PVRs may be the future, but the business models aren’t here yet

Simon Waldman has a good article on Personal Video Recorders, although I disagree with his conclusions about why they haven’t taken off yet.

Why don’t PVRs dominate the market yet? Simple. Too many technologies and too much cost. TiVo, which dominates the US market, tried to crack the UK market a while back and pulled out when it couldn’t make money.

I’d be a natural for a PVR. There’s all sorts of programmes I’d be watching if I didn’t have to set a video and I didn’t have to remember to tune in at a specific time. Yet I don’t have one. Why? I’ve been a Sky subscriber for over a year. That means I can’t get Sky+ installed for free: it’ll cost me £150 to buy a Sky+ box. If I ever move house and switch to Freeview or NTL, it’ll be completely redundant since it won’t work with those providers. Then there’s the £10/month extra I’d have to pay to get the programme guide (without which it’s useless), since I don’t subscribe to any of the premium channels. That’s a whole lot of money just to have a video with built-in VideoPlus numbers.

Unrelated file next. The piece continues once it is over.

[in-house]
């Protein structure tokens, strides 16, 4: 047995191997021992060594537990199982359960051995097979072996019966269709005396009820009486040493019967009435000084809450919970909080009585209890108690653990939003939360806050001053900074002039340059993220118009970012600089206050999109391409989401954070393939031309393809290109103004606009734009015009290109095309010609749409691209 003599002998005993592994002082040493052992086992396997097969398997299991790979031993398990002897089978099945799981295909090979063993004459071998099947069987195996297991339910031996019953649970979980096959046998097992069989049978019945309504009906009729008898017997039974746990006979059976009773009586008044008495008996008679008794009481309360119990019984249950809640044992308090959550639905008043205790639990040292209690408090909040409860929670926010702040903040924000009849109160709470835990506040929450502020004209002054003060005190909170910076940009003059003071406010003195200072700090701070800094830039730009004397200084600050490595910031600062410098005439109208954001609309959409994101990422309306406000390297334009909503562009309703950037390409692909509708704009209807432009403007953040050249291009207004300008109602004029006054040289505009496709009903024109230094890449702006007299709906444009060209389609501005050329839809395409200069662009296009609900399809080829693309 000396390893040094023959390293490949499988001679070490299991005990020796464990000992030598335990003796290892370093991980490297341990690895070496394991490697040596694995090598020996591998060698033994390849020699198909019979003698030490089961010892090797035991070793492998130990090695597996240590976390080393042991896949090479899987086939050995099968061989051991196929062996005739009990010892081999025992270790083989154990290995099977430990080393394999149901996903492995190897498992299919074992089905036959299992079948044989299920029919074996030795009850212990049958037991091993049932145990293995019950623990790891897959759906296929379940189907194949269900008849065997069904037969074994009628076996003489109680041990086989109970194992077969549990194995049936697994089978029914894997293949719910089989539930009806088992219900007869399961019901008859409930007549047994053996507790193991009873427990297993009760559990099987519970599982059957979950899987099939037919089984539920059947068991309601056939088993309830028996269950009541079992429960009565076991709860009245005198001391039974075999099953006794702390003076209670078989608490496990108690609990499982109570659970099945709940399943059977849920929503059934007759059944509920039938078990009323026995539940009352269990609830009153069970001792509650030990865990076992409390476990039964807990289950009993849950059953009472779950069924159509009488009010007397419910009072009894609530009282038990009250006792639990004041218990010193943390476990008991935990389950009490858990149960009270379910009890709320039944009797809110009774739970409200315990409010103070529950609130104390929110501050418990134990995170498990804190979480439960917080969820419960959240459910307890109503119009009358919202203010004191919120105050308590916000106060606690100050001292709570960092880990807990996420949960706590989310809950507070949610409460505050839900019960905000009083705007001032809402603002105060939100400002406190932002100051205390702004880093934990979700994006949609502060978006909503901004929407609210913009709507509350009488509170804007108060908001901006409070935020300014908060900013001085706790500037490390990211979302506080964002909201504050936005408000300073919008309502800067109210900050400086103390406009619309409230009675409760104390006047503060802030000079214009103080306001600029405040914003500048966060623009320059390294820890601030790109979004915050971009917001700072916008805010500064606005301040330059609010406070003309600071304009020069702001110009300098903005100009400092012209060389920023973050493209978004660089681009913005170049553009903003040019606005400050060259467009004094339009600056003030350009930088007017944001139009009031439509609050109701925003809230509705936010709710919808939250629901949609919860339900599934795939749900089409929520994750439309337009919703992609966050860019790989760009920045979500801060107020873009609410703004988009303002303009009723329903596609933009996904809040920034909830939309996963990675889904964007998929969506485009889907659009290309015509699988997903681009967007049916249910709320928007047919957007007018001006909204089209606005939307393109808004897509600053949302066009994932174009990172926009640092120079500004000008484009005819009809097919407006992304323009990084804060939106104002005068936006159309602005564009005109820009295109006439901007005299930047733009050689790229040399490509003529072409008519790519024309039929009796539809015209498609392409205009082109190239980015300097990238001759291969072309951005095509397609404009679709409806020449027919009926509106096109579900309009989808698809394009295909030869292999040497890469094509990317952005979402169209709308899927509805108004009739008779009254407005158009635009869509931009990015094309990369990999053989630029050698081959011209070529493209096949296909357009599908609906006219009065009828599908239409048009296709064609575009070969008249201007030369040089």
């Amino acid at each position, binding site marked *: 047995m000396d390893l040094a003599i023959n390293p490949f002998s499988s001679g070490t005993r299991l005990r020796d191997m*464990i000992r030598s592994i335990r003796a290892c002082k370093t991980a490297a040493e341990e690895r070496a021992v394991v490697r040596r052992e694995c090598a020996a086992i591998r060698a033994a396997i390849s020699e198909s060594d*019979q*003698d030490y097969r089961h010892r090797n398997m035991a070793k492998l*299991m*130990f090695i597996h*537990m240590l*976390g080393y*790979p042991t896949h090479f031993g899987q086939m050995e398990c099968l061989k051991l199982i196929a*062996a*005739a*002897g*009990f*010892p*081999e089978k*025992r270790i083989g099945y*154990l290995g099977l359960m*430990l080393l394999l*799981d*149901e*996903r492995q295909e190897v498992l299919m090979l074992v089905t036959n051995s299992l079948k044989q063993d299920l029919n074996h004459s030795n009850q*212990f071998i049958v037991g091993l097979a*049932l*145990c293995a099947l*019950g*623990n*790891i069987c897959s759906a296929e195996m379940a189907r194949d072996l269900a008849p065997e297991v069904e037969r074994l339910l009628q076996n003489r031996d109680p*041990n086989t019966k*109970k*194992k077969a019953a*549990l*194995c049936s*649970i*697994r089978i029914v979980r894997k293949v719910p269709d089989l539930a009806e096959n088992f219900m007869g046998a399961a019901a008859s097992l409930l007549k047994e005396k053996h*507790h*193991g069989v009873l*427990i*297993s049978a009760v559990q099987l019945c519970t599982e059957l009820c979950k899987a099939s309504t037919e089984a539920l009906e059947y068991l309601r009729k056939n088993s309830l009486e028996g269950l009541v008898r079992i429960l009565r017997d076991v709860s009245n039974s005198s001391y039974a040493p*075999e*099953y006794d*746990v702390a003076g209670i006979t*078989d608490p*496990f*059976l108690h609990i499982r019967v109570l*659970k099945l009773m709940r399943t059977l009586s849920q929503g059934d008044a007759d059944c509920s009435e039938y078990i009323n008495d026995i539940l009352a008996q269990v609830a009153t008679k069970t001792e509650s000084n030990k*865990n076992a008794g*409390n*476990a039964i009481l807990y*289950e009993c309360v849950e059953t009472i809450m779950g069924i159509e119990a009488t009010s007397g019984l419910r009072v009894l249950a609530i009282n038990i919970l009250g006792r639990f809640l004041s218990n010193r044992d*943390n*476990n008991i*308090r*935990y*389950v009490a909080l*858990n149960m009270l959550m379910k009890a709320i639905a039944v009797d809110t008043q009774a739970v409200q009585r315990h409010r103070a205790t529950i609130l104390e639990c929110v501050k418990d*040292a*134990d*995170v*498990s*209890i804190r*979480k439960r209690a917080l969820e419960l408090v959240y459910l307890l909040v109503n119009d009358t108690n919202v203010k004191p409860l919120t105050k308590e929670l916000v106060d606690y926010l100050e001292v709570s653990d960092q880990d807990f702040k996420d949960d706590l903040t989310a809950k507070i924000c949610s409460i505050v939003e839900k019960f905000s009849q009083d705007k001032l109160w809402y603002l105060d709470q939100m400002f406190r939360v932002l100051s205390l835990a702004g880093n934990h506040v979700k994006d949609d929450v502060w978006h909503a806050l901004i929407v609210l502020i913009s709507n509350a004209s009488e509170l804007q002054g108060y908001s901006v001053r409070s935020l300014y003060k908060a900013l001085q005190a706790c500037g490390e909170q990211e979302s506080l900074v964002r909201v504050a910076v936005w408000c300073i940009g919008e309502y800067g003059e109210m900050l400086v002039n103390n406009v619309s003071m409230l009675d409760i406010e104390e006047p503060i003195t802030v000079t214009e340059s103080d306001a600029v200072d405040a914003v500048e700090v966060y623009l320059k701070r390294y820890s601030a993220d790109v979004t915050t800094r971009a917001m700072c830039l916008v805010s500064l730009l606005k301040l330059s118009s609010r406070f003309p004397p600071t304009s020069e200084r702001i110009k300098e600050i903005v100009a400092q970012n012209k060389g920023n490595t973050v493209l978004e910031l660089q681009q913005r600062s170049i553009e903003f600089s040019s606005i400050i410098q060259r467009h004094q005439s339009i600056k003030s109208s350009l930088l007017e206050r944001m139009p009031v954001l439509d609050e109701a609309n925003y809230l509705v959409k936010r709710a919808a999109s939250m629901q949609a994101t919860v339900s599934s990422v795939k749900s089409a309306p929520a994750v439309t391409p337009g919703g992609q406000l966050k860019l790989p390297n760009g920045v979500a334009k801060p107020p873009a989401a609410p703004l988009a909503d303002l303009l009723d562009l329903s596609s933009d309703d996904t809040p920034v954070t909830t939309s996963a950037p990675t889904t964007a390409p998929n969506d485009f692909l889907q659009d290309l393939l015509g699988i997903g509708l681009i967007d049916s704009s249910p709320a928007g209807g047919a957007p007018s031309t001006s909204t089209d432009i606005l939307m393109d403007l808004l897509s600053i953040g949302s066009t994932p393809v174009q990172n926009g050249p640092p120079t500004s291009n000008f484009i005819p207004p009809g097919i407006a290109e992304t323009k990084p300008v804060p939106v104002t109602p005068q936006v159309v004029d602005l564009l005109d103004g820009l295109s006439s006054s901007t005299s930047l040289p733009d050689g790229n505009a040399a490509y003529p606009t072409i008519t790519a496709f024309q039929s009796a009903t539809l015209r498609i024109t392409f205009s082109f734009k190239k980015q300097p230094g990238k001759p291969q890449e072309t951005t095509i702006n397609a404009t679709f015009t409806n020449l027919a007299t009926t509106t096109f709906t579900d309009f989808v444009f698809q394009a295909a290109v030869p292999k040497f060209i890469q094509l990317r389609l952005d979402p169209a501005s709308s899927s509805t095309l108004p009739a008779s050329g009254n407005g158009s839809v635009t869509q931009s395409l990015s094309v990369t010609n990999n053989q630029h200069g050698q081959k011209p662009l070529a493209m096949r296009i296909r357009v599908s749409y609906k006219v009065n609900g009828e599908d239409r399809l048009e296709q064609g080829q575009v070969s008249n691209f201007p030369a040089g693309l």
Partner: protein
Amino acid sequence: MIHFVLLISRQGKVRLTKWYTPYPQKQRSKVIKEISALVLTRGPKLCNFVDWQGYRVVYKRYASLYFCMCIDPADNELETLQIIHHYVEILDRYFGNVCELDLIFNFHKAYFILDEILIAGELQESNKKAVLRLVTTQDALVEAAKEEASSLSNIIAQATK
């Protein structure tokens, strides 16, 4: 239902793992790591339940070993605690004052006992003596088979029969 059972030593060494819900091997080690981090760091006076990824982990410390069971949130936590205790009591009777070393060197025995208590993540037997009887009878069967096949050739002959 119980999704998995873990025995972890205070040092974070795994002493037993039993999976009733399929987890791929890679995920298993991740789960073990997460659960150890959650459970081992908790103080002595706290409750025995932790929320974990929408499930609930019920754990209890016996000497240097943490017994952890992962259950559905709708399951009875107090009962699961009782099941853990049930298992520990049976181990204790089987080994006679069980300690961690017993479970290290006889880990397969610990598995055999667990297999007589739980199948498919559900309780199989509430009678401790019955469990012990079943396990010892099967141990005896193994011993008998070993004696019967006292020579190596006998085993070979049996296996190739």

It’s not much rosier on the Freeview side. Getting a Freeview receiver with built-in hard drive costs £150 or so, although I suspect costs will come down thanks to the competition among vendors on the Freeview side (no such thing on the proprietary Sky+ side). NTL and Telewest don’t have PVRs yet.

But Freeview has only a small selection of Sky’s channels so I’m reticent to switch; and in a first floor flat on a shiny new development, cable isn’t really option. So, ultimately, I’m PVR-free and that’s the way it’s likely to be for some time – unless Sky change their Sky+ pricing and installment policy or Freeview get a few more channels.